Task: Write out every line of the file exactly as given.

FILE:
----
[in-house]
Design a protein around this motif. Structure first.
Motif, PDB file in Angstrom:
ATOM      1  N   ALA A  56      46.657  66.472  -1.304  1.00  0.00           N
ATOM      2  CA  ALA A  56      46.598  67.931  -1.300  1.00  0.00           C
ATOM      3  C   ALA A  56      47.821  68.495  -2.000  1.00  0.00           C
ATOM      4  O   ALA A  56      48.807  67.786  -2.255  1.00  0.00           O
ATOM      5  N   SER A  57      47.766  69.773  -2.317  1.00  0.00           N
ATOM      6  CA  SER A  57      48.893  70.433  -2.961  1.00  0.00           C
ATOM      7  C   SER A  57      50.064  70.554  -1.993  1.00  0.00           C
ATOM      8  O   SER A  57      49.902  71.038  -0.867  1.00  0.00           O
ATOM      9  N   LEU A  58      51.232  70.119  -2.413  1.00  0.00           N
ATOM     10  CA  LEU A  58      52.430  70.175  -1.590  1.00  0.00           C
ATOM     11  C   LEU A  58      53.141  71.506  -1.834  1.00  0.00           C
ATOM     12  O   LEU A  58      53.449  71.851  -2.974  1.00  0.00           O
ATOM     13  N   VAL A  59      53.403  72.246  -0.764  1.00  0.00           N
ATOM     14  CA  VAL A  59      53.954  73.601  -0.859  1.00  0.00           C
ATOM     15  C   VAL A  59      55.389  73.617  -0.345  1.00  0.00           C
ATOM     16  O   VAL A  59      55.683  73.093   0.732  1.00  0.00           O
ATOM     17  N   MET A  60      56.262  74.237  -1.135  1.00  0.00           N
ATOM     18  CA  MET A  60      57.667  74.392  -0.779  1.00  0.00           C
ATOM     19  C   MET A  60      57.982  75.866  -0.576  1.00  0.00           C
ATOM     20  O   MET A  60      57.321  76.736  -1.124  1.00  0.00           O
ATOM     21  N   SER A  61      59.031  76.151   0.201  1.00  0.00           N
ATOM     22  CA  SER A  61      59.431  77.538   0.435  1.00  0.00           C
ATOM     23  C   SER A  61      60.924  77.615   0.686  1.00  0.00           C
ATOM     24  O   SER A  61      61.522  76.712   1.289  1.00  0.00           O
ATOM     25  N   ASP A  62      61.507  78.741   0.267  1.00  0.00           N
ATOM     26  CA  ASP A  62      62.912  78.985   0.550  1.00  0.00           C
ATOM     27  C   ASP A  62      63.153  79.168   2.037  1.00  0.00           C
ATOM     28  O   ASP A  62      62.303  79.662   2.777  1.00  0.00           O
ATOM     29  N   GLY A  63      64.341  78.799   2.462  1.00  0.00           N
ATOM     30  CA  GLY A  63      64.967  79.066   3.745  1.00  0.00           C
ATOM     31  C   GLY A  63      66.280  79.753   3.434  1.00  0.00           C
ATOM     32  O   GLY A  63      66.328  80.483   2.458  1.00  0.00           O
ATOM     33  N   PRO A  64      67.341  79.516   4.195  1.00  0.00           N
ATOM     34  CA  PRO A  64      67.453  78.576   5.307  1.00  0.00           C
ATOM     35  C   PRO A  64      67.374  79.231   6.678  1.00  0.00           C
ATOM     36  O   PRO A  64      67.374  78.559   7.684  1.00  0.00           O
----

[in-house]
Design a protein around this motif. Structure first.
Motif, PDB file in Angstrom:
ATOM      1  N   ALA A  56      46.657  66.472  -1.304  1.00  0.00           N
ATOM      2  CA  ALA A  56      46.598  67.931  -1.300  1.00  0.00           C
ATOM      3  C   ALA A  56      47.821  68.495  -2.000  1.00  0.00           C
ATOM      4  O   ALA A  56      48.807  67.786  -2.255  1.00  0.00           O
ATOM      5  N   SER A  57      47.766  69.773  -2.317  1.00  0.00           N
ATOM      6  CA  SER A  57      48.893  70.433  -2.961  1.00  0.00           C
ATOM      7  C   SER A  57      50.064  70.554  -1.993  1.00  0.00           C
ATOM      8  O   SER A  57      49.902  71.038  -0.867  1.00  0.00           O
ATOM      9  N   LEU A  58      51.232  70.119  -2.413  1.00  0.00           N
ATOM     10  CA  LEU A  58      52.430  70.175  -1.590  1.00  0.00           C
ATOM     11  C   LEU A  58      53.141  71.506  -1.834  1.00  0.00           C
ATOM     12  O   LEU A  58      53.449  71.851  -2.974  1.00  0.00           O
ATOM     13  N   VAL A  59      53.403  72.246  -0.764  1.00  0.00           N
ATOM     14  CA  VAL A  59      53.954  73.601  -0.859  1.00  0.00           C
ATOM     15  C   VAL A  59      55.389  73.617  -0.345  1.00  0.00           C
ATOM     16  O   VAL A  59      55.683  73.093   0.732  1.00  0.00           O
ATOM     17  N   MET A  60      56.262  74.237  -1.135  1.00  0.00           N
ATOM     18  CA  MET A  60      57.667  74.392  -0.779  1.00  0.00           C
ATOM     19  C   MET A  60      57.982  75.866  -0.576  1.00  0.00           C
ATOM     20  O   MET A  60      57.321  76.736  -1.124  1.00  0.00           O
ATOM     21  N   SER A  61      59.031  76.151   0.201  1.00  0.00           N
ATOM     22  CA  SER A  61      59.431  77.538   0.435  1.00  0.00           C
ATOM     23  C   SER A  61      60.924  77.615   0.686  1.00  0.00           C
ATOM     24  O   SER A  61      61.522  76.712   1.289  1.00  0.00           O
ATOM     25  N   ASP A  62      61.507  78.741   0.267  1.00  0.00           N
ATOM     26  CA  ASP A  62      62.912  78.985   0.550  1.00  0.00           C
ATOM     27  C   ASP A  62      63.153  79.168   2.037  1.00  0.00           C
ATOM     28  O   ASP A  62      62.303  79.662   2.777  1.00  0.00           O
ATOM     29  N   GLY A  63      64.341  78.799   2.462  1.00  0.00           N
ATOM     30  CA  GLY A  63      64.967  79.066   3.745  1.00  0.00           C
ATOM     31  C   GLY A  63      66.280  79.753   3.434  1.00  0.00           C
ATOM     32  O   GLY A  63      66.328  80.483   2.458  1.00  0.00           O
ATOM     33  N   PRO A  64      67.341  79.516   4.195  1.00  0.00           N
ATOM     34  CA  PRO A  64      67.453  78.576   5.307  1.00  0.00           C
ATOM     35  C   PRO A  64      67.374  79.231   6.678  1.00  0.00           C
ATOM     36  O   PRO A  64      67.374  78.559   7.684  1.00  0.00           O